Malthus once said with reference to Senior’s lectures on population, that “it was among the disadvantages of public lectures, that the lecturer sometimes though he was called upon to say something new, where there was nothing new to be said.” Malthus, it may be ventured, would have been willing to concede that he had contributed substantially to placing Senior in that position by having himself previously said most of what was worth saying about population. Asked to speak to the Association on Marshall as part of the celebration of the fiftieth anniversary of the publication of hisPrinciples, I find...

    • 4 POWER VERSUS PLENTY AS OBJECTIVES OF FOREIGN POLICY IN THE SEVENTEENTH AND EIGHTEENTH CENTURIES
      (pp. 128-153)

      In the seventeenth and eighteenth centuries economic thought and practice were predominantly carried on within the framework of that body of ideas which was later to be called “mercantilism.” Although there has been almost no systematic investigation of the relationship in mercantilist thought between economic and political objectives or ends in the field of foreign policy, certain stereotypes have become so prevalent that few scholars have seriously questioned or examined their validity. One of these stereotypes is that mercantilism was a “system of power,” that is, that “power” was for mercantilists the sole or overwhelmingly preponderant end of foreign policy,...

    • 5 BENTHAM AND J. S. MILL: THE UTILITARIAN BACKGROUND
      (pp. 154-175)

      The one-hundredth anniversary of the publication of J. S. Mill’sPrinciples of Political Economyfalls in the year 1948, and the American Economic Association in the programming of its meetings takes advantage of anniversaries of births, deaths, and dates of publication to remind its members that our discipline has a past. This is a proper occasion, therefore, for a paper on J. S. Mill. The inclusion of Bentham in the scope of my paper is of my own contriving, but perhaps I can technically legitimatize it by appeal to the fact that British learned circles have been celebrating during 1948...

    • 6 INTRODUCTION TO BERNARD MANDEVILLE, A LETTER TO DION (1732)
      (pp. 176-188)

      TheLetter to Dion, Mandeville’s last publication, was, in form, a reply to Bishop Berkeley’sAlciphron: or, the Minute Philosopher. In Alciphron, a series of dialogues directed against “free thinkers” in general, Dion is the presiding host and Alciphron and Lysicles are the expositors of objectionable doctrines. Mandeville’sFable of the Beesis attacked in the Second Dialogue, where Lysicles expounds some Mandevillian views but is theologically an atheist, politically a revolutionary, and socially a leveller. In theLetter to Dion, however, Mandeville assumes that Berkeley is charging him with all of these views, and accuses Berkeley of unfairness and...

    • 7 “FASHION” IN ECONOMIC THOUGHT
      (pp. 189-199)

      Unlike, no doubt, the speakers who have preceded me, and unlike also, no doubt, the ones who are to follow, I do not know what “Fashion” means in this context in the minds of those who framed the program! It is not to me a term of art. There is in economics a certain body of literature on the economics of “fashion” with reference to ladies’ garments, and so on. It is a respectable field and one undoubtedly of some importance, but I do not know anything about it. It probably is a field that people really interested in fashion...

    • 8 THE INTELLECTUAL HISTORY OF LAISSEZ FAIRE
      (pp. 200-225)

      What i propose to do in this lecture is to discuss the logical or rhetorical nature of the arguments by means of which exponents of laissez faire or of marked movement in its direction have attempted to win converts to their cause. My lecture will be focused not on the inherent merits or defects of laissez faire as social doctrine, but on the logical character of the case that its adherents have presented in support of it. My examination will be critical in large part, and in one major respect will not be judiciously balanced, since I would in many...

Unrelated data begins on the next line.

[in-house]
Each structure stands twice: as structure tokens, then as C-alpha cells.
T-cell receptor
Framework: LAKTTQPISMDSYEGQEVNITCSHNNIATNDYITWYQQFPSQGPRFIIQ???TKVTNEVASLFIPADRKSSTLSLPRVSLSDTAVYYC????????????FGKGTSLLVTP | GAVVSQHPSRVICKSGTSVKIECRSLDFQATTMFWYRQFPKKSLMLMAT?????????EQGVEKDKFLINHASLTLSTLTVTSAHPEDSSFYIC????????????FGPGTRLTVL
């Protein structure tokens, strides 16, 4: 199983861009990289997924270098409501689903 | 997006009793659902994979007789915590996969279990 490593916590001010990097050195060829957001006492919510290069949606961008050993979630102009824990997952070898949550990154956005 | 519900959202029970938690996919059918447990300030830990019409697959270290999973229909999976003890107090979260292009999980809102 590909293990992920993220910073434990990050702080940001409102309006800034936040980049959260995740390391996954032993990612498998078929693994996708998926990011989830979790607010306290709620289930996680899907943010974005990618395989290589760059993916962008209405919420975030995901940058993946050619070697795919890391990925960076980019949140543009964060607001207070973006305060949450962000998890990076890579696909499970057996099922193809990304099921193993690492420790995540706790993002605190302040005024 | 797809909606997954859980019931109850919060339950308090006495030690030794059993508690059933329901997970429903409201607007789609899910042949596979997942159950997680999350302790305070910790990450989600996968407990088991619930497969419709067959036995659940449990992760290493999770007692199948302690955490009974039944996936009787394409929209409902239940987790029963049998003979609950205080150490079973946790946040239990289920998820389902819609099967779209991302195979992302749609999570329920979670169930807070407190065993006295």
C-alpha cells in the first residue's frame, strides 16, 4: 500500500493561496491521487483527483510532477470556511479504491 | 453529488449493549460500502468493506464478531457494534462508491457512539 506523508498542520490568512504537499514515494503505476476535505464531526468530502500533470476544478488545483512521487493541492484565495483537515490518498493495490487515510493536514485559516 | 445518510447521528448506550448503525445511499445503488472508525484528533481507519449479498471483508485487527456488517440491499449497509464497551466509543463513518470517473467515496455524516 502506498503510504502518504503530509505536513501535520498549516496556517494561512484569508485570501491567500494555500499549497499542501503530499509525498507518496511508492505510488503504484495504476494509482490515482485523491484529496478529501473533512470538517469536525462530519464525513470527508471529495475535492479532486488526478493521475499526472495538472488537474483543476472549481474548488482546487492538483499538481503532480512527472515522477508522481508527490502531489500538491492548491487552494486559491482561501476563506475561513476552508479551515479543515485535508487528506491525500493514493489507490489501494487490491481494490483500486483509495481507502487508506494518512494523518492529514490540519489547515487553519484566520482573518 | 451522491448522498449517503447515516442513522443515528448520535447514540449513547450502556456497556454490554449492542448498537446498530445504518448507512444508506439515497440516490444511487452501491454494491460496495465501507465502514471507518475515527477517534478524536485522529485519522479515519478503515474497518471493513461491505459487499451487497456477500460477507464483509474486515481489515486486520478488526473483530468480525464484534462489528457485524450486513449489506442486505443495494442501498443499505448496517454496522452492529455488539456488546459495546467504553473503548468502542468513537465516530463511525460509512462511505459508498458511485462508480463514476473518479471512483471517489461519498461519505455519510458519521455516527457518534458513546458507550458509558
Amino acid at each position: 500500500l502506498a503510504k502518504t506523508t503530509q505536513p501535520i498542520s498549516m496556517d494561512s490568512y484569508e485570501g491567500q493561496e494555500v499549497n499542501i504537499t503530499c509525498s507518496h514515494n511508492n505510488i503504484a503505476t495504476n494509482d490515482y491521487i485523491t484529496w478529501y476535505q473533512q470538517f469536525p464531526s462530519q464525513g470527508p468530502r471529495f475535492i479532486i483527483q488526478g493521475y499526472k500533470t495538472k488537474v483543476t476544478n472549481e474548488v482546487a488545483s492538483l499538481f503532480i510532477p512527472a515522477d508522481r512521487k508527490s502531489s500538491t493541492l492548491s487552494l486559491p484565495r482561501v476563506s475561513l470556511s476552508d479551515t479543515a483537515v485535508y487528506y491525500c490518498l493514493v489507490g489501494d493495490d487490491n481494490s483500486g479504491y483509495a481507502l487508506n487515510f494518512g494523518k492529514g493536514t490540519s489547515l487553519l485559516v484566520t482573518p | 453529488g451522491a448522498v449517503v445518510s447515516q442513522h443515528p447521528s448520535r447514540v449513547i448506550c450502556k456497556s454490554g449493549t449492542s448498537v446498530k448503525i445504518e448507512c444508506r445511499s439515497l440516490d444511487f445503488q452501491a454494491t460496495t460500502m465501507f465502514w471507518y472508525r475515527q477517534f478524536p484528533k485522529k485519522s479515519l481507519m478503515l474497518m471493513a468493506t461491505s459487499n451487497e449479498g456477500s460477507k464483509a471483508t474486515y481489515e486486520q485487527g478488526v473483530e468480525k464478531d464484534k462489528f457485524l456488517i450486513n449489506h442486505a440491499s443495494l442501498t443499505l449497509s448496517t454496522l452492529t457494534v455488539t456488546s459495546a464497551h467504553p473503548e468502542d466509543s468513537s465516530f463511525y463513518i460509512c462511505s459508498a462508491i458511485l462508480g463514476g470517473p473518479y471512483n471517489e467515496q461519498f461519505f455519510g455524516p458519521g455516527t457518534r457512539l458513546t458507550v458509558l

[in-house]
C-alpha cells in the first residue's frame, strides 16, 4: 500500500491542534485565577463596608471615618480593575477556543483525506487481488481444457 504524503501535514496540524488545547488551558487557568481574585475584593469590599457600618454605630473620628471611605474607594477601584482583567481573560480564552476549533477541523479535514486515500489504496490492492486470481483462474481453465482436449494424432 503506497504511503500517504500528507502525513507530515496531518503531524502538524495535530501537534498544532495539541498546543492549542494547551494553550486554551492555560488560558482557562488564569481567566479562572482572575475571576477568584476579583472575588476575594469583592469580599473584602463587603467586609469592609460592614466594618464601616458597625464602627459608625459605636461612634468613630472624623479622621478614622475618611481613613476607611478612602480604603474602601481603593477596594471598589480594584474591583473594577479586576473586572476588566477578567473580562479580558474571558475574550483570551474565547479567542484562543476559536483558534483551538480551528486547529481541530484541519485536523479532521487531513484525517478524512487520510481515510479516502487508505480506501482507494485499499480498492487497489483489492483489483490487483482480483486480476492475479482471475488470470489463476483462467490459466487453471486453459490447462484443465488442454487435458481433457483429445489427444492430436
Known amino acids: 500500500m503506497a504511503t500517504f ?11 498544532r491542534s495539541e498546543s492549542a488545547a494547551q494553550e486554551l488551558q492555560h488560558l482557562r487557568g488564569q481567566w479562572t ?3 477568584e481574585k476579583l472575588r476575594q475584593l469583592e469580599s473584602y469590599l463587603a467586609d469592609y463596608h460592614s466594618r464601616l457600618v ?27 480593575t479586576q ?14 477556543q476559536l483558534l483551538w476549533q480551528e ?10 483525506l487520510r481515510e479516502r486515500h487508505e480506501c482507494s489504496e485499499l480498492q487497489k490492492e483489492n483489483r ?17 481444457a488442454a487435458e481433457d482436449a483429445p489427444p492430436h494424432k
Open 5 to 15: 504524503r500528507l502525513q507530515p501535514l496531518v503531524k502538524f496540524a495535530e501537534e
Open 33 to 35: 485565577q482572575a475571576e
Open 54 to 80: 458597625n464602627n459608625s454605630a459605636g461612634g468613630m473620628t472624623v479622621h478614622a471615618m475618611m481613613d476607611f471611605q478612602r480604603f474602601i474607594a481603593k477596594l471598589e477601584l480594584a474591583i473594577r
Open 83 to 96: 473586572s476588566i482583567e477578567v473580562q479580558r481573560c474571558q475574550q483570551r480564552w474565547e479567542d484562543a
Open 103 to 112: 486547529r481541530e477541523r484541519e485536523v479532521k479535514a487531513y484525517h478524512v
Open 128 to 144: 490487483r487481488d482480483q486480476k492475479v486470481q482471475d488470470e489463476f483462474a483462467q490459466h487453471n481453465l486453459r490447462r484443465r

• 9 THE ECONOMIST IN HISTORY
      (pp. 226-247)

      I feel it prudent to begin by explaining the title of my paper. It is not, except indirectly, a paper on the history of economic thought, although I must confess that several times in the past I have been guilty of smuggling some history of thought into our Association’s meetings, and may possibly do so again here. Nor is my paper an account of the influence the economist and his ideas have had on the actual course of history. Keynes may have been right when he said that “the ideas of economists and political philosophers … are the chief rulers...

    • 10 ADAM SMITH
      (pp. 248-261)

      Adam Smith (1723–1790) was born in Kirkcaldy, Fifeshire, a fisheries and mining town near Edinburgh. He was the son, by a second marriage, of Adam Smith, comptroller of the customs at Kirkcaldy, who died early in 1723; his mother, Margaret Douglas, was the daughter of a substantial landowner in Fifeshire. Smith lived with his mother whenever he was in Scotland until her death in 1784; he was her only child, and he remained a bachelor until his death.

      Smith received his elementary schooling in Kirkcaldy and entered the University of Glasgow in 1737, graduating with an m.a. in 1740....

    • 11 MERCANTILIST THOUGHT
      (pp. 262-276)

      “Mercantilism” is the label commonly given today to the doctrine and practices of nation-states in the period roughly from the fifteenth to the eighteenth centuries with respect to the nature and the appropriate regulation of international economic relations. In this doctrine great emphasis is put on the importance of maintaining an excess of exports of goods and services over imports as the sole means whereby a country without gold or silver mines can obtain a continuous net inflow of the precious metals, regarded as essential to national wealth and strength. In the eighteenth century the elder Mirabeau and Adam Smith...